That’s why you should do video. What should you film? We’ve also just discussed. Who should do a video? Like I say, at Koozai every employee does a video, and a lot of them were really scared at first. I was scared. If you go back and see some early videos of the team and compare them to now, you’ve got Sam who went from her first video, where she was really nervous, to speaking to 1000 people at Brighton SEO within the space of about 6 months. She was really confident at Brighton SEO. That just kind of shows how video is really helpful to take people from being afraid of talking to audiences and cameras into building them up into someone who’s far more confident.
Yes, your first video may not be great, and it may be that you never air it, that you never put it online if you really don’t like it. But with our team, every single video they’ve done, there’s usually a few takes at first, but we will always get a video in that day and when they’ve made their first one we put it online. We very rarely had people criticise videos that they didn’t like. Even the videos by really experienced presenters rarely get criticism. So you don’t have to be afraid, really, about people saying nasty things. You can always moderate them if they do.
On YouTube, for example, there’s quite a lot of sexist, derogatory comments. So we don’t have any of that on there. Otherwise, you usually find there’s a nice, natural discussion. It’s quite good to put your face and your name out there.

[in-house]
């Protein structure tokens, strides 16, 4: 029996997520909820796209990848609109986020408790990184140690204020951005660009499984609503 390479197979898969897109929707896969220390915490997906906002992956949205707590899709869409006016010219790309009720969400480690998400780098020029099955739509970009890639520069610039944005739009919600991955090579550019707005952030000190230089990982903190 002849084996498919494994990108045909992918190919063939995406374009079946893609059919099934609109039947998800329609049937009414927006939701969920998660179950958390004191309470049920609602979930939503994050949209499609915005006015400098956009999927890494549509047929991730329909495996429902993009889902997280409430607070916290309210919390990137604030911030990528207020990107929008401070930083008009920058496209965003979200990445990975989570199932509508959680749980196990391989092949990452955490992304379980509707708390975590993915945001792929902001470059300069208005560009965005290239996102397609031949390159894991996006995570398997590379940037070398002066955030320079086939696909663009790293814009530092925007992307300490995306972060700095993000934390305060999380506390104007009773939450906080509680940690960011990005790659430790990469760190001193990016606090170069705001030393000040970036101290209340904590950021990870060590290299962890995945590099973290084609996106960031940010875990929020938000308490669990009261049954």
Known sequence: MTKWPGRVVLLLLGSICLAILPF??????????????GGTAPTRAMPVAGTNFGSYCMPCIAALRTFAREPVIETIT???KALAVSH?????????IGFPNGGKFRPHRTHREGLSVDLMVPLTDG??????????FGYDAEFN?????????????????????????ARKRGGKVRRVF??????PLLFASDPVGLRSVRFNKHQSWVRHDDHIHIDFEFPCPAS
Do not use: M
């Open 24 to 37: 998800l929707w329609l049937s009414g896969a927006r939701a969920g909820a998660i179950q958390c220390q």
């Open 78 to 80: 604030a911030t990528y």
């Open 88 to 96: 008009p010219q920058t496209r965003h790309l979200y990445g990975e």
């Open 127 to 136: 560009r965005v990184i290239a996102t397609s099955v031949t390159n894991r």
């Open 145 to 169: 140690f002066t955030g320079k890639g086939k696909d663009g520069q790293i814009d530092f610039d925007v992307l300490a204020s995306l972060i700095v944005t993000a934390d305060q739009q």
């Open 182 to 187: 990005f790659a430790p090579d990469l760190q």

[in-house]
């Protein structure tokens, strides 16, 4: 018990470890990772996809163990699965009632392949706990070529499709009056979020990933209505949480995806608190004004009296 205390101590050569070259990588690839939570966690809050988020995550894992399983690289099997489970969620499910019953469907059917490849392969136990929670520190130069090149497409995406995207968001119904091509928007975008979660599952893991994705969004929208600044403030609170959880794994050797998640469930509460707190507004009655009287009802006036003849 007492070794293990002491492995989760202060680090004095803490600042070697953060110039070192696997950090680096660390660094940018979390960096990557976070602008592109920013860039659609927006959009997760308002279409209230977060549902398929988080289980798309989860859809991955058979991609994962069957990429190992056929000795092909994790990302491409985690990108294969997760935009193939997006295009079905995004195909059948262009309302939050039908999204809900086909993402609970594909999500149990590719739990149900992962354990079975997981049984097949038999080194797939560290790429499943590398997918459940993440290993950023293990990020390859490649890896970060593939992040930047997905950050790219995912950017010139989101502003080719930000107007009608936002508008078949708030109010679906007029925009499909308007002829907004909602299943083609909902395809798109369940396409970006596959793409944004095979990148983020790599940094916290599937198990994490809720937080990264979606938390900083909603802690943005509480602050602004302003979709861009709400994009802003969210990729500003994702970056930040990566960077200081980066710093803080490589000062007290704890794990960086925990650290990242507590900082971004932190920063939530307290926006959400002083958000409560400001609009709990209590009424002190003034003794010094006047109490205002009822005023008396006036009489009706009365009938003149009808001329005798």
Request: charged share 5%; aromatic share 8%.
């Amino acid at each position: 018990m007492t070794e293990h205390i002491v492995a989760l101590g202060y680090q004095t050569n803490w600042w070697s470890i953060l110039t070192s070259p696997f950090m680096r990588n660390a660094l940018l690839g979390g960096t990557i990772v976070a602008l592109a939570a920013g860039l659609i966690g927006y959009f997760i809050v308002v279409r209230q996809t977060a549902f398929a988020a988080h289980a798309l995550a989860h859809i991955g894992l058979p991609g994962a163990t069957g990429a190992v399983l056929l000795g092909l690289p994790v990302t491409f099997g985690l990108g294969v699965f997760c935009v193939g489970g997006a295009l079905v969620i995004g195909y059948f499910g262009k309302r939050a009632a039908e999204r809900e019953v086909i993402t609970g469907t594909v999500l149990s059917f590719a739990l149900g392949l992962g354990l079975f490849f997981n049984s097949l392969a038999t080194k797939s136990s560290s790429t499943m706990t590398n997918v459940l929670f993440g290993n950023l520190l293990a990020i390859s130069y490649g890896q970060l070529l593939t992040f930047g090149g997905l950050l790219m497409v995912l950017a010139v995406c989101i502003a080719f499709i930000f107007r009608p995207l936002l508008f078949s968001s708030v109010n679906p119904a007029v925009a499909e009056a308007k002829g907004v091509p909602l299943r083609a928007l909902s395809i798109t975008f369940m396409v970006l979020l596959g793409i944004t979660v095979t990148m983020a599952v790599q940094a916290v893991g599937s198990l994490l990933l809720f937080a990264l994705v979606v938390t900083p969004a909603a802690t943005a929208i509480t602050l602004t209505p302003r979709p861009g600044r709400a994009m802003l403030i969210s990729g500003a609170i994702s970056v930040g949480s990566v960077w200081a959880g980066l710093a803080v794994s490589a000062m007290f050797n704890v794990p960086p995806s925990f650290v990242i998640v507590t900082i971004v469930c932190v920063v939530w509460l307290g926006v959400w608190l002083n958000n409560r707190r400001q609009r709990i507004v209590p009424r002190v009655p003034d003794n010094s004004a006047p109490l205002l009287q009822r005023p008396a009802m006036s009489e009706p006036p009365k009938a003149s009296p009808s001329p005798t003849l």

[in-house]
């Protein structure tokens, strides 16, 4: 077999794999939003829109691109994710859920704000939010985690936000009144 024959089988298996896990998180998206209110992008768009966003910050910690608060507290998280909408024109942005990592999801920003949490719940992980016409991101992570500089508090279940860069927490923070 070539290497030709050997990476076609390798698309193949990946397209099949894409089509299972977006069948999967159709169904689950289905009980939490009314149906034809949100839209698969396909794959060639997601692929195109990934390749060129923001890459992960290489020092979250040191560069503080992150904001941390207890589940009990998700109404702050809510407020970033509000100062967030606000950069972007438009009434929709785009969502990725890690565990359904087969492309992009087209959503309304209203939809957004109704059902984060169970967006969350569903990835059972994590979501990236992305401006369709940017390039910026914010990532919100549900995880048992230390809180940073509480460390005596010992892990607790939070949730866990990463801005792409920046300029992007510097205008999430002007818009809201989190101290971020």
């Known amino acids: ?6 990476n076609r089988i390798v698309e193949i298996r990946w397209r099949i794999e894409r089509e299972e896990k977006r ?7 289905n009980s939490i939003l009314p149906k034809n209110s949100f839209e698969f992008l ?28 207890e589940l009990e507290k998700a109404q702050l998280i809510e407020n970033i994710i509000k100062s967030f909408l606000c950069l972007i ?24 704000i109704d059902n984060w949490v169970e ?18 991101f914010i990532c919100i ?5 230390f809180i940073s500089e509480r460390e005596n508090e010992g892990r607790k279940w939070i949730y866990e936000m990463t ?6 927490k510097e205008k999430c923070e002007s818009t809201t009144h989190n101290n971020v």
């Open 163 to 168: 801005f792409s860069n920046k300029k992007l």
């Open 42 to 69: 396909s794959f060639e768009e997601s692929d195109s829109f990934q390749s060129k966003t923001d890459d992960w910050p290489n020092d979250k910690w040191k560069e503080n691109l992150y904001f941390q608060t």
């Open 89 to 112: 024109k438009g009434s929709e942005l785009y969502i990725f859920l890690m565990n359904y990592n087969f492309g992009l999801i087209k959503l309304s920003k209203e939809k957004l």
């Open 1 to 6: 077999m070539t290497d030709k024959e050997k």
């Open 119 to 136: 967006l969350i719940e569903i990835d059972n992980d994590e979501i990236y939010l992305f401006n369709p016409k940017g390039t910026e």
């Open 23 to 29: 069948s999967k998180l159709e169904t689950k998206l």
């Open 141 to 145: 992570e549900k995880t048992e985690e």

The other thing you should consider in your case is getting your CEO to do a video. That’s always really powerful to have someone extremely high up in the company to come on camera and do a personal interview about the business, where it’s heading, what new products you’ve got launching. That really helps put a human face on the brand, which is very, very helpful.
I read a book recently. I can’t remember which one. But it essentially said that people are less interested in the products you make and more interested in how you make it. Video is another way of showing that there’s real people making this product. It’s a chance to see who’s a human person, not just a faceless business that’s just taking your money.
How should you film? Actually filming a video is relatively simple. In our case, we’ve got five lights, which are around me now, a whiteboard wall, which is painted on but a standard whiteboard is fine or obviously if you’re doing a product demonstration, you don’t even need a wall. You can just be showing stuff on a table or in just your CEO’s office if you’re filming him or her. Then we’ve got a camera on a tripod. In our case, it’s not exactly a fancy camera. It’s just a consumer camera worth about 400 pounds. Most of those cameras have got really good HD quality feeds now. There’s a microphone pack, so I’ve got that here and that goes wirelessly to a receiver.
That’s probably the most expensive piece of kit out of everything, although I can’t emphasise the importance of having really clear audio. If you turn your volume all the way up on a video and you still can’t make out what they’re saying, then you’re not going to watch all the way through. So definitely consider your audio. Consider your visual elements. You need a lot of lighting. Even if you’re not doing it with a whiteboard, you do need lighting. Natural lighting is awful on videos.